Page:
California Legislature Plans to Pass Own Net Neutrality

Scott Weiner (AFP / Getty)
AFP / Getty
Newport Beach, CA

California’s Democrat-controlled legislature is again leading the so-called “resistance” to President Donald Trump — this time, by planning to reinstate Net Neutrality rules repealed by FCC’s Republican majority last Thursday.

California State Sen. Scott Wiener (D-San Francisco) announced following the FCC’s 3-2 repeal vote that he will introduce legislation early in 2018 to re-regulate Internet providers under the so-called “People Power” rules.

Weiner told Bay Area public radio station KQED:

We don’t think that the FCC has the power to stop states from enacting our own rules. In fact, the FCC has lost that argument in court before, so we’re going to move forward. California does have significant ways of impacting internet access. We regulate cable franchises. Cable companies and telecommunication companies rely on access to the public right of way for their public infrastructure.

Weiner knows that there are huge constitutional issues regarding a state attempting to preempt federal authority regarding interstate commerce, but he joined a long list of Democrats in California and other states that view dumping Net Neutrality as the crowning achievement of President Trump’s promise to reverse the progressives’ 80-year expansion of government’s reach through unelected bureaucratic rule-making.

Although progressives argue that “Net neutrality is essential to our 21st century democracy, and we need to ensure people can access websites and information freely and fairly,” as Weiner put it in an essay posted at Medium, the Net Neutrality regulatory regime’s main achievement was banning Internet providers from charging tolls on Google, Facebook, Apple and other Silicon Valley tech giants that move massive content on the Internet for free — while many of those same companies restricted conservative speech.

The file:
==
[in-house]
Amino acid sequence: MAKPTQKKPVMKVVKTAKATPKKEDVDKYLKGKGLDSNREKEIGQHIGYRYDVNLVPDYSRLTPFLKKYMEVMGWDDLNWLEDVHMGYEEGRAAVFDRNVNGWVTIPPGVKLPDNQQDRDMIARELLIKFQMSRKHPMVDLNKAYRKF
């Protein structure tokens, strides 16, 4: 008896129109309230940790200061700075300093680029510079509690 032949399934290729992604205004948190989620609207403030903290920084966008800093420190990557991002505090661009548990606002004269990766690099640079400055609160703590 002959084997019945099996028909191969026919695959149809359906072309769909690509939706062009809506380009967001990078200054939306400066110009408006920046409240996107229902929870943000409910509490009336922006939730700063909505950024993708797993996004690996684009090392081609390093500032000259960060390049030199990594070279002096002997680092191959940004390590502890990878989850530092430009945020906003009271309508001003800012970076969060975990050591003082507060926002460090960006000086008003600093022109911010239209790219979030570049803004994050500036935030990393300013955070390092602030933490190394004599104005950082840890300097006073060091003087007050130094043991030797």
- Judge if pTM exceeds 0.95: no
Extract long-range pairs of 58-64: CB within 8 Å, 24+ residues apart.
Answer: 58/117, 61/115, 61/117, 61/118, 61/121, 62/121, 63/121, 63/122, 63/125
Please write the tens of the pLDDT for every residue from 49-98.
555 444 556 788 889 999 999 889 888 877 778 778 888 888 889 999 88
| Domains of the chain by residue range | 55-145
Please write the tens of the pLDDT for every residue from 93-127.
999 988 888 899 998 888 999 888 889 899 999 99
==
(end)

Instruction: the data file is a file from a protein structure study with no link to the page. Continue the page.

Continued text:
As a declaration of how financially lucrative net neutrality rules were to Silicon Valley tech giants, they spent a record $139.5 million lobbying the Obama administration and the federal bureaucracy in the year leading up to the February 2015 approval of the Net Neutrality rules along party lines.

President Trump took a victory lap for slashing coercive red tape in a national televised address just hours after the FCC vote: “One of the very first actions of my administration was to impose a two-for-one rule on new federal regulations. We ordered that for everyone new regulation, two old regulations must be eliminated.”

Trump added that he was proud that his administration is ahead of its goal to dump regulatory tyranny by overturning 22 major regulations and halting 1,500 planned regulatory actions.

“We have a responsibility to push back and we’re going to push back,” Weiner told KQED.

In addition, Rep. Anna Eshoo (D-CA), who represents part of Silicon Valley, issued a statement indicating that she would co-write an amicus brief for planned litigation by Santa Clara County and the Attorneys General from several liberal states to halt the repeal of Net Neutrality.

California progressives argue that unbridled competition will be financially detrimental to consumers. But to pass state Net Neutrality re-regulation, they will need to argue against history and economics — to convince voters that President Reagan’s 1982 de-regulation of the AT&T monopoly, for example, did not lead to a spectacular fall in consumer communication costs, and an even bigger boom in the proliferation of telecommunication services.

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